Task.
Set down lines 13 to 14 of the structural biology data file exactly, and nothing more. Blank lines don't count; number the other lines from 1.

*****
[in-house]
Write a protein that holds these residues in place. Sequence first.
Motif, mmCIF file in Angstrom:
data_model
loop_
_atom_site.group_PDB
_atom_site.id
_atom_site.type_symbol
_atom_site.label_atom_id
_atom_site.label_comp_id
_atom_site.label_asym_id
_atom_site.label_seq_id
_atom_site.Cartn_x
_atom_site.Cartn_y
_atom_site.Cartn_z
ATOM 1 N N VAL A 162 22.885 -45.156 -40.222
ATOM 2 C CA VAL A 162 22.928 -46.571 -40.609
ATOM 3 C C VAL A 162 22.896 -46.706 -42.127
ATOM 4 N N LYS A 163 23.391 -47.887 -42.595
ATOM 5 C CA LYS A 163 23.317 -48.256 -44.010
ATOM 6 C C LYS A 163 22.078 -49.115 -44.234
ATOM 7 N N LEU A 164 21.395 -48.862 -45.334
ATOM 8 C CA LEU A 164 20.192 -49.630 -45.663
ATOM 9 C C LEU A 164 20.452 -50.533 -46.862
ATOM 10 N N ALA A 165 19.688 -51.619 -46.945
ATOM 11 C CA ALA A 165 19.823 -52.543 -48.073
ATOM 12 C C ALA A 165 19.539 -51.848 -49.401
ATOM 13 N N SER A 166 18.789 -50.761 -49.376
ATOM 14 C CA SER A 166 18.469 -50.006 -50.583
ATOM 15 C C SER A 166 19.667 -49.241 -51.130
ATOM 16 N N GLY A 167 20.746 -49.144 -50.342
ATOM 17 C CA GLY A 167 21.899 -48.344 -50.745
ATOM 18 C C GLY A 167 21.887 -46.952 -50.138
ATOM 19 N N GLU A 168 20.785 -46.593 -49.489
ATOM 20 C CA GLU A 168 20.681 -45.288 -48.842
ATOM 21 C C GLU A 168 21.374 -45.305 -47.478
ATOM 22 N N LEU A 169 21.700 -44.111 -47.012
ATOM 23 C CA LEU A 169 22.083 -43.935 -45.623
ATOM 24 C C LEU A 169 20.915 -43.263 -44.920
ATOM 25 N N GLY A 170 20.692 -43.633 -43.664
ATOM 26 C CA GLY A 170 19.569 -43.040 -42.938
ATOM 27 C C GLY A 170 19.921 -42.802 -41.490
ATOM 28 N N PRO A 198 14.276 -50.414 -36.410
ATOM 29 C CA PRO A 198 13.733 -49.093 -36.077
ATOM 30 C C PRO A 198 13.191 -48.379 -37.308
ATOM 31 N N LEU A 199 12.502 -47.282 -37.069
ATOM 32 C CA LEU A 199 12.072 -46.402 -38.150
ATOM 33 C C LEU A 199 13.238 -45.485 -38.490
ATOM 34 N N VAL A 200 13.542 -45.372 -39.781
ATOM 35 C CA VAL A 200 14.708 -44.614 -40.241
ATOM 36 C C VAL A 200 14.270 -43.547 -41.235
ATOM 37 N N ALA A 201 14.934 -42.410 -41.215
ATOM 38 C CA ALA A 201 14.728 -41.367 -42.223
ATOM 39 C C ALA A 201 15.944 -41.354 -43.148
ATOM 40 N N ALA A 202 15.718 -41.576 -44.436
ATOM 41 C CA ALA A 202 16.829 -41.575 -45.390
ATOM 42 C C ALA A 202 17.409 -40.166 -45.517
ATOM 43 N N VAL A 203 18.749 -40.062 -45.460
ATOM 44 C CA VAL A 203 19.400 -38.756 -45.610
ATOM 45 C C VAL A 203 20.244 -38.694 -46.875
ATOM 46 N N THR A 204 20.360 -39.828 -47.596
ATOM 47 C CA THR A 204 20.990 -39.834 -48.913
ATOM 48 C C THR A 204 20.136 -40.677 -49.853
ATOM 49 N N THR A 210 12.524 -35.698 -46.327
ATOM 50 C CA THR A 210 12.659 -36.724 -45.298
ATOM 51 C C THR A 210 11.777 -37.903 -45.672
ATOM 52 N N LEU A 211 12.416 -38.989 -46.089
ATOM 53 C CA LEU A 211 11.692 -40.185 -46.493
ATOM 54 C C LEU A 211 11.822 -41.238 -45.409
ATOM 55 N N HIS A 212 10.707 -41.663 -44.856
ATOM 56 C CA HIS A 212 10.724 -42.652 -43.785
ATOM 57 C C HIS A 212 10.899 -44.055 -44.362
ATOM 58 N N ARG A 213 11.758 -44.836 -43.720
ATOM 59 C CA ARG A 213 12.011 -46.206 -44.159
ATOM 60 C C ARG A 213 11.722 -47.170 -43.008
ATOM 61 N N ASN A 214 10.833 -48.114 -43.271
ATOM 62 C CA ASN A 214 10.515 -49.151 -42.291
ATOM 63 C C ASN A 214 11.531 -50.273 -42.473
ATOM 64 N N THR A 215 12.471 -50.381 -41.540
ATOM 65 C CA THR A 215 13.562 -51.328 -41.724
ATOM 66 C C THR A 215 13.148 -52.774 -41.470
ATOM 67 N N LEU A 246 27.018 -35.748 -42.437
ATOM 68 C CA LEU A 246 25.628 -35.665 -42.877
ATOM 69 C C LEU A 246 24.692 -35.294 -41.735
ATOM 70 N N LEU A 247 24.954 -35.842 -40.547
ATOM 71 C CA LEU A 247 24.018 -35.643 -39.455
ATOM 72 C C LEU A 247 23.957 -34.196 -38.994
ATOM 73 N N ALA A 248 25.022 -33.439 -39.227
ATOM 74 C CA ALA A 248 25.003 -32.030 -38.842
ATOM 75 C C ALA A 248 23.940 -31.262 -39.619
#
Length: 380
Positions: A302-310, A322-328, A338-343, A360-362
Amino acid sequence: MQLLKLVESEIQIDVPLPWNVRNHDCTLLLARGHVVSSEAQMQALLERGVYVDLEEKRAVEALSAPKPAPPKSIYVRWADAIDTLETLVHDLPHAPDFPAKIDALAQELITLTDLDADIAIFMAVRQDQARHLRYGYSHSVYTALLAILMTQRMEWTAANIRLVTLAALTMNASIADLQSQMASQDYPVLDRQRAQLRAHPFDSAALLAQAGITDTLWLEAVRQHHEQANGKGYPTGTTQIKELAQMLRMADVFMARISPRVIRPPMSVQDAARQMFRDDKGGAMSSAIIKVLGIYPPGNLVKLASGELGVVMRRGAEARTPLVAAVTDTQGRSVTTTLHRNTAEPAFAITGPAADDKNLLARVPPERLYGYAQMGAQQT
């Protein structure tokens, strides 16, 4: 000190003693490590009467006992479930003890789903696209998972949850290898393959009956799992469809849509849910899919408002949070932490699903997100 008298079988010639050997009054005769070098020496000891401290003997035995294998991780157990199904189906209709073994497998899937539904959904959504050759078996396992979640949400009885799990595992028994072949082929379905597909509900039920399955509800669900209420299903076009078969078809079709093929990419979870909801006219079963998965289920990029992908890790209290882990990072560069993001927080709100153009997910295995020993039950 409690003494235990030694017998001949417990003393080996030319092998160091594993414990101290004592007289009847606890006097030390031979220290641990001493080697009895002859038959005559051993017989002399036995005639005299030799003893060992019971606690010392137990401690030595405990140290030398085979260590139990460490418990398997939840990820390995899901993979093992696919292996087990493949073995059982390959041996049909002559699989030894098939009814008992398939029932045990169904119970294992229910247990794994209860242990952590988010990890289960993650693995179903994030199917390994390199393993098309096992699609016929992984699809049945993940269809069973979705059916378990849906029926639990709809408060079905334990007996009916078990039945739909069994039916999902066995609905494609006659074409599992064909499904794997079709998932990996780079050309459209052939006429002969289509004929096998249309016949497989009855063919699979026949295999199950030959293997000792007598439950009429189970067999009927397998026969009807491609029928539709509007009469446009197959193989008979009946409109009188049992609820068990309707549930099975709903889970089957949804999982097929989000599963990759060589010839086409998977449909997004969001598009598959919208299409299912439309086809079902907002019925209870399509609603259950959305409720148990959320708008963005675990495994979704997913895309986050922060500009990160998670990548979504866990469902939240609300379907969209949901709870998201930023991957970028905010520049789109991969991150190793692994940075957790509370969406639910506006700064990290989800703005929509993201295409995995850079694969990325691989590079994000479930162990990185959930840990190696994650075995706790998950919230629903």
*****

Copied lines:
_atom_site.Cartn_x
_atom_site.Cartn_y